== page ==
The last time I checked, the only thing Matt Flynn had in common with Drew Brees was that they both share the same number of letters in both their first and last names.
Yes, you on the laptop, who justifiably asks: “But Anthony, isn’t the resurgence of Marshawn Lynch going to provide a running game that neither Brees nor Rodgers have in their offenses, and also take some of the pressure off the still developing Flynn?”
Well, generic Seahawks fan #2, in theory, you’re right. An established quarterback will most likely play better if he has a run game to balance the offense. Seems logical.
But we’re forgetting two things.
1. Can we REALLY count on Marshawn Lynch to replicate last season’s performance?
2. Matt Flynn is more like Kevin Kolb than he is Brees or Rodgers.
To the first point, do we even know who Marshawn is? I certainly don’t. Is he the guy from last season who scored touchdown runs in 10 consecutive games? Is he the guy who pleaded guilty to misdemeanor weapons charges in 2009? Or is he the guy who managed a mere 747 yards in 2010 in his first year as a Seahawk?
I. don’t. know.
Since we don’t really know who Marshawn is, it’s hard to trust him. If you’re going to sit here and tell me that you know who he is, you’re lying. If you’re going to tell me that you trust him, you’re full of it. Nobody trusts someone they don’t know. That’s just silly.
Don’t be silly.
To the second point, Eagles fans remember when Kolb threw for over 300 yards against the Saints and Chiefs while Donovan McNabb was sidelined in 2009. They also remember the season opener in 2010 when Kolb was handed the keys to the car and almost wrecked it. He would have if not for Michael Vick.
Cardinals fans remember this all too well. They hoped to replace Kurt Warner with Kolb, only he struggled for two straight seasons as the Arizona signal caller. How does one struggle to throw the ball to Larry Fitzgerald on the roster? In the words of Beast from the 1990’s X-Men cartoon, “Fascinating!”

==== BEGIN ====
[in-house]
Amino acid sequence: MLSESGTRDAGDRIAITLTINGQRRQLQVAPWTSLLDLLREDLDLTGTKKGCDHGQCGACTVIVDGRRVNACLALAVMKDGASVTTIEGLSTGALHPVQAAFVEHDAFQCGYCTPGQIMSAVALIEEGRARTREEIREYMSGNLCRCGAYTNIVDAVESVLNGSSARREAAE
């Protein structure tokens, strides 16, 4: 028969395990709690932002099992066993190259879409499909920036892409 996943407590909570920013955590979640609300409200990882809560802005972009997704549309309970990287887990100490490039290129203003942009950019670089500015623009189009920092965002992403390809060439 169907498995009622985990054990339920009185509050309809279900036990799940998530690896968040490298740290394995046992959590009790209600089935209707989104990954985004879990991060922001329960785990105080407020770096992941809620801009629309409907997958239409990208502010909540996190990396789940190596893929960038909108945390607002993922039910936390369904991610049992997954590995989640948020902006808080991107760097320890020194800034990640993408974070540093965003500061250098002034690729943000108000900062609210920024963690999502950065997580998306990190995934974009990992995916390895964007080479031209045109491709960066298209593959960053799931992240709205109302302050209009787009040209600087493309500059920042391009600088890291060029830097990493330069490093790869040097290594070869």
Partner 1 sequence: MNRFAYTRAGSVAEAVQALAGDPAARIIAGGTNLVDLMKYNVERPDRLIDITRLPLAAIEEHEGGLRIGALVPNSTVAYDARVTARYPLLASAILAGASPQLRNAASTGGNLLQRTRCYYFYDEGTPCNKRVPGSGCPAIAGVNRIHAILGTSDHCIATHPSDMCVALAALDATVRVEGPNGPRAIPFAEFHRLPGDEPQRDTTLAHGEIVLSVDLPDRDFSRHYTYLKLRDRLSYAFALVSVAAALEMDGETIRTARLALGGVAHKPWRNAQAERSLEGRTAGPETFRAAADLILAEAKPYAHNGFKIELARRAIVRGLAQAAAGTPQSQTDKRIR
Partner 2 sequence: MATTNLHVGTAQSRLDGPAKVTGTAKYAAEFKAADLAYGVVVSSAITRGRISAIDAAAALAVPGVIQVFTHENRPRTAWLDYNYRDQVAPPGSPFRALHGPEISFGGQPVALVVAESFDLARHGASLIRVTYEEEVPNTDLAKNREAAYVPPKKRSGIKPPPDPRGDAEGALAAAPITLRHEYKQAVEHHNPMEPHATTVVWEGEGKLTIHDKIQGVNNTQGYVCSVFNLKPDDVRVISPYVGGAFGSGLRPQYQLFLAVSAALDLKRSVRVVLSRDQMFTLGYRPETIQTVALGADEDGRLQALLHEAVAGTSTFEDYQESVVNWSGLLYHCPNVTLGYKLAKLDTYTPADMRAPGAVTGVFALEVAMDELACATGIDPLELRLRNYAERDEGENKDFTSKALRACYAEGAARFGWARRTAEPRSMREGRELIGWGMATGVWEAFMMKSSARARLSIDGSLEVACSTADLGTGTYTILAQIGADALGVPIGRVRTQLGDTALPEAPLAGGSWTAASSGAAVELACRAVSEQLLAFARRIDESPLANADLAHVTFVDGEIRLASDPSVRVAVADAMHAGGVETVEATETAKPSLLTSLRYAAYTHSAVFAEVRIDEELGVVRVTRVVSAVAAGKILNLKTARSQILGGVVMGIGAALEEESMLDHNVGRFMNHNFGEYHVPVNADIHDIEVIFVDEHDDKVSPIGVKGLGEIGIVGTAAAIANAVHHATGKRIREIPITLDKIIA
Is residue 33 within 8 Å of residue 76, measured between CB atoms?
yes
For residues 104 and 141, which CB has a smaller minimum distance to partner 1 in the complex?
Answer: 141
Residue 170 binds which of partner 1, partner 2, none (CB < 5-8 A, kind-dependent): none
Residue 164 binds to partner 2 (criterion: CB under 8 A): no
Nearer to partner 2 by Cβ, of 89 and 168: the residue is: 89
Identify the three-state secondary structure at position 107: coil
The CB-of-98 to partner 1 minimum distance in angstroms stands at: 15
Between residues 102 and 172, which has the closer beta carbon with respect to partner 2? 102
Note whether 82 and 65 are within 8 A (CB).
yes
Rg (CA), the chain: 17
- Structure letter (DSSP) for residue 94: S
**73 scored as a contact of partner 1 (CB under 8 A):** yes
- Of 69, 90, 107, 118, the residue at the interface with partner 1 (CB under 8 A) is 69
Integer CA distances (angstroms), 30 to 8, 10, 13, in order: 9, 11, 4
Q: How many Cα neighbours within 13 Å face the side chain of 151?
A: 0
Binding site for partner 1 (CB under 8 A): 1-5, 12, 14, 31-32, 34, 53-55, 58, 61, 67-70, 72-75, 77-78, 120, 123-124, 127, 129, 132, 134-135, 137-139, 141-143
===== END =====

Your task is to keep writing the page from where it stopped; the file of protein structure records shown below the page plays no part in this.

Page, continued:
Now, to his credit, Flynn is a better quarterback than Kolb is. How much better he is remains to be seen, though.
With Rice and Miller to throw the ball to, and Marshawn to hand the ball to, Flynn could very well be in line for a breakout season. I don’t dispute that. My intention is only to warn Seattle fans to temper their expectations a bit. A lot of things have to go right before Flynn can emerge as some sort of Seahawk Savior.
Marshawn Lynch has to find an identity; Sidney Rice has to pretend it’s 2009 again and Brett Favre is throwing him the ball; Tarvaris Jackson has to flop miserably, and the rest of Seattle’s receivers have to play more like beasts than beauticians.
Seem far-fetched? Maybe. Maybe not. Have a short memory if you wish, but don’t forget about the young studs in Oklahoma City who should be wearing green instead of blue. Don’t forget about the lucky beneficiaries of poor officiating in Pittsburgh who shouldn’t be wearing Super Bowl rings. Be excited, be scared, be wary, or be foolish…
As Johnathan Frakes advises in Beyond Belief: Fact or Fiction, “you decide.”
But before you do, be forewarned.